By Josh Reich on Jan 23, 2017
Have you had a guest come to your church who seem excited but never come back?
Have you had a guest come to your church and seem excited but never come back? Maybe you had a big day on Christmas, Easter or Mother’s Day (our three biggest days), only to have no return guests? Maybe as a pastor you feel, “We’ve had a lot of guests, but no one seems to be sticking.”
What’s going on?
The reality is, your church competes with a lot on a Sunday morning, and that competition is not other churches.
It is being outside, kids’ sports, sleeping in, football, errands, a slow morning, catching up, working out.
So how do you make a guest’s experience one where they return and become a regular attender?
Answer this question: Does your church environment communicate something positive?
When a guest shows up, here is what is running through their head:
- Am I already here? Is there anyone else like me?
- Were they expecting me?
- How uncomfortable am I going to be?
- Are they going to ask for my money?
- How long will this last?
- Will I have to do anything weird?
- Will I feel stupid if I don’t know what to do?
- Will my kids be safe?
If you don’t answer these questions for guests, they won’t want to return. Their defenses are too high.
Here’s a way to break through those: Create a church environment that says, “We’ve been expecting you.”
Here are some ways to do that:
The moment you think you have enough signs as a church is the moment you should buy some more signs. You can never have too many signs at your church.
A guest should be able to navigate your church without asking anyone where anything is.
I know this sounds uncaring, and you want community and want them to talk to you and let you know that they are there, but they don’t want to let you know they are there. They want to let you know they are there when they are ready to let you know that they are there.
You should have signs where the bathroom is, the auditorium, the front door (I can’t tell you how many churches I’ve been to where the door wasn’t obvious), and where kids and students meet.
2. Give them something
One of the fears that a guest has is that a church wants something from them. So, give them something. Throw them off balance. Thank them for being there. They could’ve been anywhere, but they used their time to come to your church. So thank them.
Give them a gift and don’t make them give you a name and email to get it. Just give it to them.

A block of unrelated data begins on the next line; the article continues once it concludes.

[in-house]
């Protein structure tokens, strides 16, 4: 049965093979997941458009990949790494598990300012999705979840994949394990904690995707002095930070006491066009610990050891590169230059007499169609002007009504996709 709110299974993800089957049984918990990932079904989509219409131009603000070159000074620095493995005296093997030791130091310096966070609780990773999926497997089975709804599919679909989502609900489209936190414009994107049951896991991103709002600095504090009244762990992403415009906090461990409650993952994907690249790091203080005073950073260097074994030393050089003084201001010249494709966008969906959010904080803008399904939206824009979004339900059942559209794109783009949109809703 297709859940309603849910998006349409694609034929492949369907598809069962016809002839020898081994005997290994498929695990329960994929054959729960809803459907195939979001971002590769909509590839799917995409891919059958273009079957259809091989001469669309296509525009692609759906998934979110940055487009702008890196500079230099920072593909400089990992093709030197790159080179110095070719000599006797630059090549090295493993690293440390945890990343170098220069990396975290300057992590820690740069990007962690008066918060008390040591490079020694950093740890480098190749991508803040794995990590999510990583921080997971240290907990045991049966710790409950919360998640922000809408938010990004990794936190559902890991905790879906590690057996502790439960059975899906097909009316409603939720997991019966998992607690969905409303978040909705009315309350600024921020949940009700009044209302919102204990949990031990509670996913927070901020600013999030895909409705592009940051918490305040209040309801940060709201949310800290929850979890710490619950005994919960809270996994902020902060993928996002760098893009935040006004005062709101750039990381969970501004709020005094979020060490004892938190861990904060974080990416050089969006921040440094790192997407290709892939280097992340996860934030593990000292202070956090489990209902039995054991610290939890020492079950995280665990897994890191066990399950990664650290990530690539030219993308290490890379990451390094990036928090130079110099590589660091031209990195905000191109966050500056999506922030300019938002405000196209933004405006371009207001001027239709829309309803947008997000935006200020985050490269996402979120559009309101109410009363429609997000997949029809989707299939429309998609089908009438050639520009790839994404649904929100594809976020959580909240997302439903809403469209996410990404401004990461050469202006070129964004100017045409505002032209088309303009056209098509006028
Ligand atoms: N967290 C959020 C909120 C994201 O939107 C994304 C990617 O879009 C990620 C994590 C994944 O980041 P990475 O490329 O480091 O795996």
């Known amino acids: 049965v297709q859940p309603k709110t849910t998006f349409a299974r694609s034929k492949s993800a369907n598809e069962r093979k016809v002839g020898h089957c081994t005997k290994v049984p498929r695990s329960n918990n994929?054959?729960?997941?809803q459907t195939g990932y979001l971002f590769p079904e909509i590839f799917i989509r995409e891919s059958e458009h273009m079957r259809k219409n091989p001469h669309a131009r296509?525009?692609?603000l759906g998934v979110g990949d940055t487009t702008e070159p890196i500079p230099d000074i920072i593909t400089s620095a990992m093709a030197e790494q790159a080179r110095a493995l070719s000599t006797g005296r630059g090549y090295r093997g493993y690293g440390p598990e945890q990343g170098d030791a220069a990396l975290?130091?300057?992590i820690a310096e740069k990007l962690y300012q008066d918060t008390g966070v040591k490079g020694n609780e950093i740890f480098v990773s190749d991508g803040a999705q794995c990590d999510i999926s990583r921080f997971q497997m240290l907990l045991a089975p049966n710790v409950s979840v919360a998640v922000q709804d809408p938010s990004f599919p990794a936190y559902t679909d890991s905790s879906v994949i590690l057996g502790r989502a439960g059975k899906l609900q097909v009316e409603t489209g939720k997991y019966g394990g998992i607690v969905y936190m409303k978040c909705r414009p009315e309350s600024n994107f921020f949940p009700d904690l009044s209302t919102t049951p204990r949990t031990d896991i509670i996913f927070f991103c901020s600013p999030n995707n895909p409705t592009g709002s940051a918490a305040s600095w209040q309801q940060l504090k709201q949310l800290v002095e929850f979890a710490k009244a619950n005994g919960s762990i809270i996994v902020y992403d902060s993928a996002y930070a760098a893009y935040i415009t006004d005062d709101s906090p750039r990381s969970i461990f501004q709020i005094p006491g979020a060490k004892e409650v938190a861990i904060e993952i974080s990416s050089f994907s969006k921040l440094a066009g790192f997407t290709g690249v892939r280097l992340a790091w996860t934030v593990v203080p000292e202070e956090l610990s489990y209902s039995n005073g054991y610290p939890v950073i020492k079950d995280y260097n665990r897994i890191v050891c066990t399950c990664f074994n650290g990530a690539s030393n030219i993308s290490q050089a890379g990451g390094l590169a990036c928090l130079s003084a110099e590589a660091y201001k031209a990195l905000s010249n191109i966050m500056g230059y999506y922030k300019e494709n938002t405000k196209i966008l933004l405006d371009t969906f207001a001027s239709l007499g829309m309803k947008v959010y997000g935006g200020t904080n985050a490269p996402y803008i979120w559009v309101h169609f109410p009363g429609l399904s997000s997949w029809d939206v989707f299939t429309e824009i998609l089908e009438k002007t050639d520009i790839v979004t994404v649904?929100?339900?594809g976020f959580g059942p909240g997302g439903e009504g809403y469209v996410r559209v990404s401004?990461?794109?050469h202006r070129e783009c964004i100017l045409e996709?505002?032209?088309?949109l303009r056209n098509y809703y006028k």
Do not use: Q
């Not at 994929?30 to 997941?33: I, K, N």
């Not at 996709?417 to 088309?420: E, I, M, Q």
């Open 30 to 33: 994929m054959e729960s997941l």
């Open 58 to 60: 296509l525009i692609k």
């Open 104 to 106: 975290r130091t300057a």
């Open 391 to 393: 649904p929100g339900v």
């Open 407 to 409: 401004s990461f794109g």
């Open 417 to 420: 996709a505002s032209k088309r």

We have a gift bag that we give to guests with some fun things in it and some information about our church. We put them on a table that stands by itself with no one manning the table.
Remember, let guests make themselves known when they are ready to do so.
If they fill out a connection card, we send them a Starbucks gift card to say thanks again.
3. Security for kids.
One of the questions a guest has relates to their kids, and this is a big deal in our culture. I’m blown away that there are still churches that do not check kids in and give a tag to parents. When you do this, your church is communicating, “We know everyone here.” That is completely unwelcoming to a guest.
You wouldn’t put your child in a childcare at a YMCA without getting a tag. Why should church be any different?
A tag communicates safety and security, which are enormous desires for parents when they arrive at church.
4. Talk directly to them in the service.
Many pastors when they stand on stage seem to be oblivious to guests. They talk only to the insiders. This communicates to a guest, “We weren’t expecting you.”
When you talk to guests, you speak directly to them. You also tell your regular attenders that we expect guests to be here. You can do this in the welcome when you tell them how glad you are to have them. Invite them back at some point in the service. Also communicate how long the service will be as that is one of their main questions. In the sermon or scripture reading or singing (which might be new to them), you can say something like, “You might be new and maybe you aren’t sure that Jesus exists. Here’s something to think about.” Or, “Here’s what you can do in this moment while we sing or take communion.”
All of this communicates care and we expected you to be here.
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